Criticism and controversy::Machismo


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Criticism and controversy

Controversy surrounding colonial connotations

There is controversy surrounding the concept of Machismo is originally from Spanish and Portuguese descent. The use of Spanish and Portuguese produces historical colonial connotations through its promotion of Spanish and Portuguese masculine social construction, when the term should be used to describe specific Latin American historical masculinities.<ref name="Mignolo">Mignolo, W. D. (2011). Local histories/global designs: Coloniality, subaltern knowledges, and border thinking. Princeton University Press.</ref><ref>Alcof, L. M. (2005). Latino Vs Hispanic: The Politics of Ethnic Names. Philosophy & Social Criticism. 31(4). 395–407.</ref> However, the word machismo does resemble words in Spanish and Portuguese language which is the cause why it is often associated with Spain and Portugal. In addition, by identifying machismo as a form of Europeanness, it offers legitimacy to the concept of a wicked formed of the same Western hypermasculinity known to Protestant Reforme-derived cultures and subjugates Latin America's understanding of itself and its cultural history and peculiarities.<ref name="Mignolo"/>

For example, the use of caballerismo{{#invoke:Category handler|main}}, Cavalheirismo, to mean only the positive characteristics of machismo contains colonial connotations regarding the historical colonial power relations. This is because the origin of the word caballerismo{{#invoke:Category handler|main}} to intend for a wealthy Spaniard landlord during the colonial era, exalts<ref>Thobani, S. (2007). Introduction: Of exaltation. In Exalted subjects. Studies in the making of race and nation in Canada, pp. 2–29; 257–266. Toronto: University of Toronto Press.</ref> European culture in comparison to the so-called Latin American machismo (animalesque, irrational, violent, backward).<ref name="Opazo108"/> It cannot be avoided in Portuguese as cavalheirismo{{#invoke:Category handler|main}}, the word for the more acceptable parts of machismo, is itself a loanword from Spanish presenting a palatalization process that Portuguese did not experience (the Portuguese word for a horseman is cavaleiro{{#invoke:Category handler|main}}, and for horsemanship it has cavalaria{{#invoke:Category handler|main}}).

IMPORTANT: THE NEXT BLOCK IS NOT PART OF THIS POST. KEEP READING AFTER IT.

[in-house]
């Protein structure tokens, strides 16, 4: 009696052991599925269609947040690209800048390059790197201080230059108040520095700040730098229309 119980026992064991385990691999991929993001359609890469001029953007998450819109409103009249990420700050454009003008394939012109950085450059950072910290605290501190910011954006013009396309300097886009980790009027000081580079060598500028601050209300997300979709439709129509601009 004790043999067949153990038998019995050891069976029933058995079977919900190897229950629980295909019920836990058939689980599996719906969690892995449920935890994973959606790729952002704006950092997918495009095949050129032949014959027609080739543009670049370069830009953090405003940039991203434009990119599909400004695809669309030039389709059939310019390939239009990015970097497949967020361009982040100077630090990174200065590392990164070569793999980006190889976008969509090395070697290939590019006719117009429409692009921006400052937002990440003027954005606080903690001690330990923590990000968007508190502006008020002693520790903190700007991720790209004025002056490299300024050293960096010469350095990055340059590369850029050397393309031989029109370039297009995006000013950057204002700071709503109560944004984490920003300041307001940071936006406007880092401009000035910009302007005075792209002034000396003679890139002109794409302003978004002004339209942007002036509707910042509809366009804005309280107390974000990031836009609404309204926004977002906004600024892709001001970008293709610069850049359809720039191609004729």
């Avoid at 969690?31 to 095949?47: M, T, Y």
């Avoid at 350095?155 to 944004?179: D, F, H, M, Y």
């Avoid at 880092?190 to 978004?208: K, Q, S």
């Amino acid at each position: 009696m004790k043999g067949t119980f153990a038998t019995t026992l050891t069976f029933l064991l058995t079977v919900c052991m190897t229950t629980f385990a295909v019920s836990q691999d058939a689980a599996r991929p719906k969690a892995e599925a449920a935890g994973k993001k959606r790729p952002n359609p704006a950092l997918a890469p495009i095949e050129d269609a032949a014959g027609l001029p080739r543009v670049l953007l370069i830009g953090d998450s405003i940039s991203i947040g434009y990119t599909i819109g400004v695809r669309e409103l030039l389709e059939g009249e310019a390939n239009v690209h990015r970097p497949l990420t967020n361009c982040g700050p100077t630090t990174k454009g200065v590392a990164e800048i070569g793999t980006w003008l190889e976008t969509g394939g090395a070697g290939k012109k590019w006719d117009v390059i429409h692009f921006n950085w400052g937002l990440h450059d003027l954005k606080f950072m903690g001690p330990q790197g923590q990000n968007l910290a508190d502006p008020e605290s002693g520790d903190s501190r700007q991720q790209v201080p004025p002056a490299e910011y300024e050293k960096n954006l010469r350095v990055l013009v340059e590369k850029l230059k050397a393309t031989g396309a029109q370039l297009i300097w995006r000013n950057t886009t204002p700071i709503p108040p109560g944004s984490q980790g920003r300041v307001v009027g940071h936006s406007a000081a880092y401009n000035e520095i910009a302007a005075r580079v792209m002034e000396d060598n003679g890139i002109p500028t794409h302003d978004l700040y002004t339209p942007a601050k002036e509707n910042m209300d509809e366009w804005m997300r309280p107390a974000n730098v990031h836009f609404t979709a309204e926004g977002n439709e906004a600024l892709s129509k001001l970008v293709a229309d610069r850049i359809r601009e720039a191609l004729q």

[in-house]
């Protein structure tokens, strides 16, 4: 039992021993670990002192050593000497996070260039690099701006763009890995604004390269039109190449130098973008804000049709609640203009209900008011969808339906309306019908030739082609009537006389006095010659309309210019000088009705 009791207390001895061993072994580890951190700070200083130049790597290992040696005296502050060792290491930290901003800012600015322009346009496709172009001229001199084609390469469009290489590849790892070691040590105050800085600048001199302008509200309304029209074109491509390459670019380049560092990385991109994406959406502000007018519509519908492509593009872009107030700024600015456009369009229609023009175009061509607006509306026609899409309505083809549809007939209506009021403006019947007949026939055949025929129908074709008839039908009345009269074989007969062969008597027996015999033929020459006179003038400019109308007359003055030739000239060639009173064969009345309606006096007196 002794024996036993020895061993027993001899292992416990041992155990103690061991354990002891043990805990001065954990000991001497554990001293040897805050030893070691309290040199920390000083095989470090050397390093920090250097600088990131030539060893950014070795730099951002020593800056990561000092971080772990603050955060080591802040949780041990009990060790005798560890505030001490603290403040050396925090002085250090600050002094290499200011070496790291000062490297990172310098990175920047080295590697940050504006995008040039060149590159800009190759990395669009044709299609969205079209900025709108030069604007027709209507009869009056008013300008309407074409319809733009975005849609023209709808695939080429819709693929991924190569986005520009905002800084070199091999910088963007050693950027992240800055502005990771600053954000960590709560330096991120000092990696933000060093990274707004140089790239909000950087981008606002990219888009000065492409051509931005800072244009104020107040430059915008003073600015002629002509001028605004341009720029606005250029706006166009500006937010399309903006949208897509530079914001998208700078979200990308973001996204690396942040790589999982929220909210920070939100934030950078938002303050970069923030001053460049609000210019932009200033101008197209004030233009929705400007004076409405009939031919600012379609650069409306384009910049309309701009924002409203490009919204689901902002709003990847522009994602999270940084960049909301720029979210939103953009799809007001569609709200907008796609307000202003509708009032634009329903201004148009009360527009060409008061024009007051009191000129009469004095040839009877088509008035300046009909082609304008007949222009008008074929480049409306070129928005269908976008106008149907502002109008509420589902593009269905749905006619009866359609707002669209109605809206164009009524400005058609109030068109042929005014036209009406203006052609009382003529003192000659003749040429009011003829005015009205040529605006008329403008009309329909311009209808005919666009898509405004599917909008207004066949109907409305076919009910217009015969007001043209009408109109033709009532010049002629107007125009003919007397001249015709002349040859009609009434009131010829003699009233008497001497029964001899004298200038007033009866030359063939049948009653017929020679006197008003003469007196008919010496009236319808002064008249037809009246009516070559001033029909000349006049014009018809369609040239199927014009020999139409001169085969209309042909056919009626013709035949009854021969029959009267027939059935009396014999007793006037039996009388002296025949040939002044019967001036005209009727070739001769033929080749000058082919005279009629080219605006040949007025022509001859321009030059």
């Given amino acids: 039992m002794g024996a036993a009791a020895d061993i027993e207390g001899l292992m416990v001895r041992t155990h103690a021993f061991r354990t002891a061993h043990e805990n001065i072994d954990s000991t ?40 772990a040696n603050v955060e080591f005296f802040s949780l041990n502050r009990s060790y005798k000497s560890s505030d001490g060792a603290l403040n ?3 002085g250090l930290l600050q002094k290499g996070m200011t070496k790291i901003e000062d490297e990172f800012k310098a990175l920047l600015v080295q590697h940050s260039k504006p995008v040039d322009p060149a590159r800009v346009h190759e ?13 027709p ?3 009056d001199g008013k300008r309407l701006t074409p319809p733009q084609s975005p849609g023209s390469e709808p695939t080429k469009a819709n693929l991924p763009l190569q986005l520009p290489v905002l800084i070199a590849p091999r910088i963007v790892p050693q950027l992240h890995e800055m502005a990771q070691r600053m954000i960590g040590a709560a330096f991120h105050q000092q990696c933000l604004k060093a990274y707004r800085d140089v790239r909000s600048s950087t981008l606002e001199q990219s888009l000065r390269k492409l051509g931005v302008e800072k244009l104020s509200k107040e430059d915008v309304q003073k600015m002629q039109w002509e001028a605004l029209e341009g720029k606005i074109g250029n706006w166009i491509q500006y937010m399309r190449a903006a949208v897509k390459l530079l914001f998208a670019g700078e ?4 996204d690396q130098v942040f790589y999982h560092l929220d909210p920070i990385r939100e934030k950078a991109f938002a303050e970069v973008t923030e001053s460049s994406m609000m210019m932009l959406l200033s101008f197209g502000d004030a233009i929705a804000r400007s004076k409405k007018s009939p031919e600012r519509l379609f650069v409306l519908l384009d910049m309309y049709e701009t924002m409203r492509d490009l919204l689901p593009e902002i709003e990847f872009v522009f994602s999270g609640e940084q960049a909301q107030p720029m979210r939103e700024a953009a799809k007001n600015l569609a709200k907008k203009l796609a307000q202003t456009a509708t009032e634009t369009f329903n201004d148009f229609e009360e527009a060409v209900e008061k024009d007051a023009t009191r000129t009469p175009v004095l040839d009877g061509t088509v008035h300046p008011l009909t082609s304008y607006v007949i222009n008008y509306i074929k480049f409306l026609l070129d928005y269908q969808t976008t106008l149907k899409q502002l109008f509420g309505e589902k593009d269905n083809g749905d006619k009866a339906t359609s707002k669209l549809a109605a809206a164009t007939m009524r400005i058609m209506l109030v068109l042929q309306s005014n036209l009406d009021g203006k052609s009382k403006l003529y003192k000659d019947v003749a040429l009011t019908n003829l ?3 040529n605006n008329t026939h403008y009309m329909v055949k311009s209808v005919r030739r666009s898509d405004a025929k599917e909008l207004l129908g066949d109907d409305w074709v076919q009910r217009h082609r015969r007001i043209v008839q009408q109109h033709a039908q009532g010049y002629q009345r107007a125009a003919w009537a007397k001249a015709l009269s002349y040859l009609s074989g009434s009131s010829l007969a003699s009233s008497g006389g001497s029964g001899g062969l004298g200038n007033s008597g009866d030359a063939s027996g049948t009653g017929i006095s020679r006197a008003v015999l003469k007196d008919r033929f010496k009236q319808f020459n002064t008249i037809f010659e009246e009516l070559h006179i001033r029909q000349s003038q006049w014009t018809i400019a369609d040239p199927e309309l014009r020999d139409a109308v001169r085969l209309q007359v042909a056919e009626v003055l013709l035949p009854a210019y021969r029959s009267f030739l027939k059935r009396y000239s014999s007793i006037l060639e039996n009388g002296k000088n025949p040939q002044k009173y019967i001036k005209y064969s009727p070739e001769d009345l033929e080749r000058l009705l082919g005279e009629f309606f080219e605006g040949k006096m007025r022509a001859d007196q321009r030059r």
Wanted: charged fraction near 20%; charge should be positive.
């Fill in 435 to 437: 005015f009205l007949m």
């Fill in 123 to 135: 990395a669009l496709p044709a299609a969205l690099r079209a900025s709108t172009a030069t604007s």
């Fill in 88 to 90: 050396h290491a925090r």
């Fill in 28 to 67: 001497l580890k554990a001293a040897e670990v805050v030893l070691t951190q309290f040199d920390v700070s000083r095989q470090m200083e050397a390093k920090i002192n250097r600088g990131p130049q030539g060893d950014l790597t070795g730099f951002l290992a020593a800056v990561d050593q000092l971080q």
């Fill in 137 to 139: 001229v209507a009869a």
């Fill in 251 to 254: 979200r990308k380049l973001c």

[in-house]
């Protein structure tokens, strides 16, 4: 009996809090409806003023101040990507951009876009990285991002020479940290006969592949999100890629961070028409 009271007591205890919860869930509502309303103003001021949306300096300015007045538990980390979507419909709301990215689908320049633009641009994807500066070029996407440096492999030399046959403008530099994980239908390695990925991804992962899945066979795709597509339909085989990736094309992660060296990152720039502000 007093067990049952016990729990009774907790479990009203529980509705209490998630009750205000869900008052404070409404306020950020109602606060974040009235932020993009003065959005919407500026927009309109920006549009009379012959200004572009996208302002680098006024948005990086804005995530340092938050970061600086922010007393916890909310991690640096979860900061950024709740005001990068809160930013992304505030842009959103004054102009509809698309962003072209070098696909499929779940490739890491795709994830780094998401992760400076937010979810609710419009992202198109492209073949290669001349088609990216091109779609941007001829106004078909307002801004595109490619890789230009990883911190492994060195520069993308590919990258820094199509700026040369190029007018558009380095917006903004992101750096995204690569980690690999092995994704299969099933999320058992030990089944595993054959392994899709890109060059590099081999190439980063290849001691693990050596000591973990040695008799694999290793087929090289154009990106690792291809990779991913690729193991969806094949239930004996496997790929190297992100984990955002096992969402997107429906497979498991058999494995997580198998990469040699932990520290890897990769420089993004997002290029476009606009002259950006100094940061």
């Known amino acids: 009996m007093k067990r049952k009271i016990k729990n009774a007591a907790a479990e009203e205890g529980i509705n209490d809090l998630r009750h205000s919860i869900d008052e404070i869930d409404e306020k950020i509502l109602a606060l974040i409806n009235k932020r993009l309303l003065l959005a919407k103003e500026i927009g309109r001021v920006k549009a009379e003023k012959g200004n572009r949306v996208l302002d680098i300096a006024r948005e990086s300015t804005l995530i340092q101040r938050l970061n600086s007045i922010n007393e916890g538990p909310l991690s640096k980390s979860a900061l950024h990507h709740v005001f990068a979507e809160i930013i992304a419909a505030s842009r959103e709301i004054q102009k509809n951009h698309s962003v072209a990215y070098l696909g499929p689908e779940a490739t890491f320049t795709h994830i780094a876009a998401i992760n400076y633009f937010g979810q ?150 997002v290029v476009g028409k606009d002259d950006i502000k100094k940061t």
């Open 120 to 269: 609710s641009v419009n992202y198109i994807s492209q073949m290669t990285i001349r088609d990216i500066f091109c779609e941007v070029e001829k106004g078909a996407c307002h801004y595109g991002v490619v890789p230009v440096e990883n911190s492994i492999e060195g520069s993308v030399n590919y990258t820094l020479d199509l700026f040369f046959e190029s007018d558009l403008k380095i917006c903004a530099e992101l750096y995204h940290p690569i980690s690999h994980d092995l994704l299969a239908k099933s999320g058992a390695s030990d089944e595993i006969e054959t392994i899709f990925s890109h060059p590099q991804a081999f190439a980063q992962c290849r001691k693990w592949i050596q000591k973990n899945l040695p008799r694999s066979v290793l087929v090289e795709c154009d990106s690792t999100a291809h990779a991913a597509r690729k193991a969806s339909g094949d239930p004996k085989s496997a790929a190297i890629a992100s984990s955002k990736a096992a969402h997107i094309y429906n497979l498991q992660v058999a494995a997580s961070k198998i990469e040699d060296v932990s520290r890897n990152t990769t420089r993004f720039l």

Consequences of a one-sided negative depiction

Researchers are concerned regarding the unbalanced representation of machismo within Latin American cultures; and are now focused on creating a balanced representation.<ref name="Opazo108"/> They have repeatedly pointed out the positive characteristics consistent with machismo, or caballerismo{{#invoke:Category handler|main}}: nurturance, protection of the family and its honor, dignity, wisdom, hard work, responsibility, spirituality, and emotional connectedness.<ref name="counsellingpsychology"/> Latin American scholars propose there are really two different constructs within machismo, one positive construct and one negative construct. The negative construct of machismo is based on the traditional Western concept of hypermasculinity, and is predominant within mainstream discourse, without an acknowledgement towards its resemblance towards hypermasculinty. Caballerismo{{#invoke:Category handler|main}}'s characteristics are exalted, while machismo's characteristics are seen as predominantly negative.<ref name="Opazo108"/><ref name="counsellingpsychology"/>

The other side of machismo, the positive side (caballerismo{{#invoke:Category handler|main}}, cavalheirismo{{#invoke:Category handler|main}}), refers to a connection to family and chivalry. However, the focus on the negative aspects and avoidance of positive aspects of machismo coincides with the concept of marginalization and powerlessness<ref>Young, I. M. (2000). Five faces of oppression. In M. Adams, Readings for Diversity and Social Justice, pp. 35–49. New York : Routledge.</ref> of Hispanic and Latino, and more broadly Romance-speaking European culture-derived, narratives. This is because the focus on the negative and avoidance of the positive creates a power dynamic that legitimizes mainstream American hegemonic masculinity as the correct masculinity and subjugates machismo as a degenerated "non-white" form of abuse against women and backwardness. As a result, it creates a sense of powerlessness within Latino male in their expression of their masculinity.<ref name="Connell"/><ref>Mignolo, Walter D. Local histories/global designs: Coloniality, subaltern knowledges, and border thinking. Princeton University Press, 2011.</ref>